Hi everyone —
Please welcome my friend, Jan Irving, to the blog. Jan has two wonderful new books to tell you about! Here’s Jan —
Heal your woundedness.
It was a line that struck me from The Heart of Creativity by watercolor artist Jeanne Carbonetti. She was talking about what was a necessary step to fully expressing yourself in life, whether as an artist or as a human being.
Most of my stories have been about healing wounds. That’s no accident given my own background. But the flip side of wounds is that if you seek out healing you can enter new worlds, whether it’s in the fiction you write to express things you’ve left unsaid inside yourself or in taking up something like yoga.
I used to think I could write and lose myself in stories, let my characters find healing. What did it matter as long as I was productive? But I wasn’t happy and nothing could really make me feel at peace. Not success when it happened, not words of praise.
But I think a time comes when we take charge of being happy in our lives. Find out what we need to do, what places we have to revisit. As a writer, I am not always as brave as my characters or as decisive. But that’s one of the biggest roles of fiction, of myth making. Stories inspire us on how to live. Heroes show us the way.
I have two books out that I wrote back to back that are deeply about healing. I didn’t plan for them to go that way, but they did and they took me along for the ride.
The first is Lonely Cowboy. I enjoyed writing about Tate, a quilt artist who won’t give up on being happy. He’s had his heart broken more than once but he’s sure there is someone special out there just for him.
He’s rewarded by finding a very unusual and dangerous man–a man who isn’t eating or sleeping or really living until he finds himself in Tate’s orbit. Simon thinks he’ll protect Tate when he’s threatened because Simon is afraid of cracking his heart open again. But of course, he can’t resist Tate for long.
Tate… I fell in love with a man I didn’t understand. You know how that is? Simon Morrison has long silver blond hair in a ragged pony tail, and blue eyes more alive than I’ve ever seen, like he’s walked with death so everything else has burned away. He’s a warrior who came back broken, who hides in the shadows. And there’s something dangerous about him, but I didn’t understand until the night I ran after him and they were waiting, the other wolves. They tore into me and I died. My name is Tate Stevens and I died but something kept me here. I couldn’t leave my warrior behind no matter how much it hurt, how confused I am to be whatever it is I am Becoming.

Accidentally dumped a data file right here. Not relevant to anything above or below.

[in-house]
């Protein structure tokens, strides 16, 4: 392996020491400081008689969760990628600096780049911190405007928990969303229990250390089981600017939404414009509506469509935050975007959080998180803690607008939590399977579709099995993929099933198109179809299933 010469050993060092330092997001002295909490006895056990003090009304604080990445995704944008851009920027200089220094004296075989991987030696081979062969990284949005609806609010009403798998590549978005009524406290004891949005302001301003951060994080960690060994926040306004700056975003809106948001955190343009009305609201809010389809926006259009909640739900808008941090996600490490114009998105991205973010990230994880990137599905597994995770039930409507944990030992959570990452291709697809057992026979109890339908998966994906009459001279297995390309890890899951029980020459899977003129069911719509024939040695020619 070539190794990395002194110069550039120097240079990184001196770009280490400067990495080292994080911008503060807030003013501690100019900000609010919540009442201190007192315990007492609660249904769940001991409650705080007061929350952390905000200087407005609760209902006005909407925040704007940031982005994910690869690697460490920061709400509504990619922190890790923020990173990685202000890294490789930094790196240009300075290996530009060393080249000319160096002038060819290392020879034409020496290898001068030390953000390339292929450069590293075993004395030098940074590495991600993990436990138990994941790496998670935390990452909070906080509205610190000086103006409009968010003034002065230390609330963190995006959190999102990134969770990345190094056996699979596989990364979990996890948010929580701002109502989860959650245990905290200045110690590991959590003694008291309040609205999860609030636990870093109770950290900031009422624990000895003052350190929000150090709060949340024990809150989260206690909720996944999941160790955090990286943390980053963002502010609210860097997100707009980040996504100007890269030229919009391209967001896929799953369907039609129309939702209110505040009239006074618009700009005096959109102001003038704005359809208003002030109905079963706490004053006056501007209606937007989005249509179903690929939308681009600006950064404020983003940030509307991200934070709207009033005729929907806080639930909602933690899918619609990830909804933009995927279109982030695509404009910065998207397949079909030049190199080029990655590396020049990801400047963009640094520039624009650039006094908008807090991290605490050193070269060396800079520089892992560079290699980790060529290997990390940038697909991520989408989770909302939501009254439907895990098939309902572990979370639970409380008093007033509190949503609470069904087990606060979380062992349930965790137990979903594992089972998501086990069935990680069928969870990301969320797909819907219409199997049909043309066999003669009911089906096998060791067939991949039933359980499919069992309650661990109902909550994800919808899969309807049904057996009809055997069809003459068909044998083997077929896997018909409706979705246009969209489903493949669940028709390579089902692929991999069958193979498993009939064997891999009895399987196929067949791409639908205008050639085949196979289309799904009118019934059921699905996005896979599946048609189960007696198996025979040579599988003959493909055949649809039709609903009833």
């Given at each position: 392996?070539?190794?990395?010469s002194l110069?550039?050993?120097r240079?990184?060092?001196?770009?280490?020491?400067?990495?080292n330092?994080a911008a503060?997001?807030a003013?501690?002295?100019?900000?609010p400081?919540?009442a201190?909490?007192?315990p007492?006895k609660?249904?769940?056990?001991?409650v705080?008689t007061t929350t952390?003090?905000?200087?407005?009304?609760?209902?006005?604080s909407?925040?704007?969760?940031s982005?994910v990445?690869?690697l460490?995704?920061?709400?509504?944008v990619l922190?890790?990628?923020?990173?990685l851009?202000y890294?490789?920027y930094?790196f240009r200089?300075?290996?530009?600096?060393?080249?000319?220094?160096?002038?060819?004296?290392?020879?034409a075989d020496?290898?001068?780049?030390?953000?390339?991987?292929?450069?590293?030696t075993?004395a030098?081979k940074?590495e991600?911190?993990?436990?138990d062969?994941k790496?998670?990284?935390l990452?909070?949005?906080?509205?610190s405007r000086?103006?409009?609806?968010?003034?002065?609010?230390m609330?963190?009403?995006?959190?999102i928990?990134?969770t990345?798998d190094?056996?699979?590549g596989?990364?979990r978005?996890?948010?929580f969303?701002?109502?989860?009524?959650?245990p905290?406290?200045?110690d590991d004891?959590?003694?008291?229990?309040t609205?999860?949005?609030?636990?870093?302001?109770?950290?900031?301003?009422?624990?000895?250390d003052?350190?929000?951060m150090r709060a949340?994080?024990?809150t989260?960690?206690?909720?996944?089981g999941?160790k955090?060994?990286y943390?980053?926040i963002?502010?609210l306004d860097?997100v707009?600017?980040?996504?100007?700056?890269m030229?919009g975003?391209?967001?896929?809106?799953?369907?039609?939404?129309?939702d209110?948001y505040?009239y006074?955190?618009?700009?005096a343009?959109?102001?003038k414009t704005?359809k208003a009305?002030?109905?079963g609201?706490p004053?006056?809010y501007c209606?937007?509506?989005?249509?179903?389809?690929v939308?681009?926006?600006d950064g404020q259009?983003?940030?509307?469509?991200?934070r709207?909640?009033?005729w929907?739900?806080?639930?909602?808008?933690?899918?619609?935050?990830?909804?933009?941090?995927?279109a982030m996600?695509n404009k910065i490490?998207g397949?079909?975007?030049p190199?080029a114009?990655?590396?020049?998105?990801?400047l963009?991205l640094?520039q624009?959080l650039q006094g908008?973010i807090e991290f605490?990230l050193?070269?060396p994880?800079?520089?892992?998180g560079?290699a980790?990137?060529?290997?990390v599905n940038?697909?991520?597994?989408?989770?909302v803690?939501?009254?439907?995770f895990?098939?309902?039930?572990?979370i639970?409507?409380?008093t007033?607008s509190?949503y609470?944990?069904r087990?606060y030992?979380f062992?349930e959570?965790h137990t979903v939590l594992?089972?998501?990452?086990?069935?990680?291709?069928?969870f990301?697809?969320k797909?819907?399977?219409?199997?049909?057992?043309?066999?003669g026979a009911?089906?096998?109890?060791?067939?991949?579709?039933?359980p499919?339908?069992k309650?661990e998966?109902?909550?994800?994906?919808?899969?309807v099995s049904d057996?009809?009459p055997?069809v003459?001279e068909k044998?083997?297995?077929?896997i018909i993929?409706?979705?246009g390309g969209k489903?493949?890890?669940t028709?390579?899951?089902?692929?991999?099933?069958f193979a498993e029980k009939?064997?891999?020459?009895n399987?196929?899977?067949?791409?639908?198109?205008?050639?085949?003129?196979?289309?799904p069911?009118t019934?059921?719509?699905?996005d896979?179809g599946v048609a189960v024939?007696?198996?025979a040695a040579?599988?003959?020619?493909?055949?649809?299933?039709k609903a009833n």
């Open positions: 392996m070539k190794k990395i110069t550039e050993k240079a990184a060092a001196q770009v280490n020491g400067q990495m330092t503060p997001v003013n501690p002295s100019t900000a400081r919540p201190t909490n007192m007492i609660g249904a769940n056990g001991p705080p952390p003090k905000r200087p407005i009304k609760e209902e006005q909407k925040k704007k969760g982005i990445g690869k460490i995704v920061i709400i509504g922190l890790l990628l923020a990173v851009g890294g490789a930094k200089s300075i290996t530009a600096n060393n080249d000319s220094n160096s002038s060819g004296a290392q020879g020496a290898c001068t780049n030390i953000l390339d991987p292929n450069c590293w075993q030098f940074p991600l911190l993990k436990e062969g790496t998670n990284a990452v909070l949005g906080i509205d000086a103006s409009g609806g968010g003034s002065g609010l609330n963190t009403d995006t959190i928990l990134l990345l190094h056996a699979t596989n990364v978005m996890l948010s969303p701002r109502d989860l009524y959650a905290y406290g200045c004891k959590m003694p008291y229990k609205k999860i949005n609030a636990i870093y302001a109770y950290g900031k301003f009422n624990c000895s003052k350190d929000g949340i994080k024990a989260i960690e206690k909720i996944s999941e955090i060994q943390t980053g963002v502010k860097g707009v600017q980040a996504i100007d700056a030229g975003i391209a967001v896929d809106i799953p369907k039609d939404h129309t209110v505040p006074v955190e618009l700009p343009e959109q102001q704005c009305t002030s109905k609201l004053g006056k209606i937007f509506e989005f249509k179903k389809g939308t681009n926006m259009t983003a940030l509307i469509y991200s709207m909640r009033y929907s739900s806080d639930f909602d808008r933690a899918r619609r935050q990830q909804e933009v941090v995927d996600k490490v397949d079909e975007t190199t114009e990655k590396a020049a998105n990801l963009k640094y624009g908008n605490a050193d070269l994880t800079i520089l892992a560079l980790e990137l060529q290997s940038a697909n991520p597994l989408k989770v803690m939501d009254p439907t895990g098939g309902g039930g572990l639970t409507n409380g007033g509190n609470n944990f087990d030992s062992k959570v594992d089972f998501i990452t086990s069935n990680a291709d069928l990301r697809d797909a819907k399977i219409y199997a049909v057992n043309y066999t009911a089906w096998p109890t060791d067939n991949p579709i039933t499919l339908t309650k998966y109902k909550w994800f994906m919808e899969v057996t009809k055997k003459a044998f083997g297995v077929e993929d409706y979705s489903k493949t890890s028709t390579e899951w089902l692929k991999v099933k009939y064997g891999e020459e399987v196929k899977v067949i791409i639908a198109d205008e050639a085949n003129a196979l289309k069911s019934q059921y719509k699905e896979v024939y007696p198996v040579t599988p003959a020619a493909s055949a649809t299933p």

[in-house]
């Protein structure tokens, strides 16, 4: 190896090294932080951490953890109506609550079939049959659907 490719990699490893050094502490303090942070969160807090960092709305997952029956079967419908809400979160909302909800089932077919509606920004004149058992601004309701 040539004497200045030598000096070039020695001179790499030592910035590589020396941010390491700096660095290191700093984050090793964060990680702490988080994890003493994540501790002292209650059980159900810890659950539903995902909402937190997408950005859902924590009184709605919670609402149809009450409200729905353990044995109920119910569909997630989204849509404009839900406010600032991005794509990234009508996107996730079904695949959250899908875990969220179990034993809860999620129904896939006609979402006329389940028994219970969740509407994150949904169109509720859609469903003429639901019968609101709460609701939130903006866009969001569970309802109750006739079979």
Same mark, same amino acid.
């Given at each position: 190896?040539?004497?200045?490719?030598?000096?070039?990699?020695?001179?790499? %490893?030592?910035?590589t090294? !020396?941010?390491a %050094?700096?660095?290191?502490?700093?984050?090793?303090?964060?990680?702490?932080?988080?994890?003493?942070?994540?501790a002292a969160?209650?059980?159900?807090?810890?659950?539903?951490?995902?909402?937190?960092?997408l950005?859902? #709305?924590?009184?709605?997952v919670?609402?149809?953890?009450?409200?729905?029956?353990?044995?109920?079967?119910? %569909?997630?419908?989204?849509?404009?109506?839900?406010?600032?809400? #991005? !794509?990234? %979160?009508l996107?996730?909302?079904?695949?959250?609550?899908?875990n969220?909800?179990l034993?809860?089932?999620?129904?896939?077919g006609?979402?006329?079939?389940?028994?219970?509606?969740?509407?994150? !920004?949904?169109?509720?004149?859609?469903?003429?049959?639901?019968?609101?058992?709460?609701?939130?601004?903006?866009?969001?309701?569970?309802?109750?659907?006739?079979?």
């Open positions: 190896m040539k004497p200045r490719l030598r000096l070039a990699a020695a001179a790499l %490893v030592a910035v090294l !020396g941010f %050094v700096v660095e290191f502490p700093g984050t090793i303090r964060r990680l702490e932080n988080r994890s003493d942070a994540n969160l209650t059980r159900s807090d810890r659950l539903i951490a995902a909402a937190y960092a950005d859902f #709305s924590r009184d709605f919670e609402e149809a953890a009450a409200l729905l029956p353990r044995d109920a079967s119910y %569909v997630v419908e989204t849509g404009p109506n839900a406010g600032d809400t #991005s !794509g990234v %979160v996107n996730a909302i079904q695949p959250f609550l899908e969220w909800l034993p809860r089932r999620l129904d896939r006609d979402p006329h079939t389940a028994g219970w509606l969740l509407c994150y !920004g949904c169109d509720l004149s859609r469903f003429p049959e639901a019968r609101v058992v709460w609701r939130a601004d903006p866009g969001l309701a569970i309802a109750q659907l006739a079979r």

Simon… I came back from Afghanistan with one goal, to find a place to die. But slowly, watching Tate working on his art quilts, it didn’t hurt so much. I felt the colors coming back. He is my light. He is my heart. They tried to take him away from me while I screamed his name. And now he thinks he’s a monster. I have to find a way to bring him back to his light.
Find Lonely Cowboy here.
The second story about healing was one I was really excited to write. When I first started my mini series about hot fireman with a taste for dominance in the Men of Station 57 series one Dom stood out—the ruthless, cutting Taz. He was not exactly nice in the first two books but he has a weakness for his innocent neighbor, Jenny Ann, and after she’s attacked and afraid to leave her home Taz uses his gift for dominance in a whole new way—to heal the woman he loves.
Excerpt from The Protective Dominant:
Jenny Ann Green was digging in her garden again.
Taz watched her from the open door of his kitchen, rubbing his bloodshot eyes.
Dirt shot like it was geysered out of the ground, hitting her face, hitting the ratty-looking things in her gardening basket. She dropped her trowel and began tunnelling into the earth with her bare hands, more dirt whipping out, shooting onto the neatly kept grass.
“Fuck this,” Taz growled.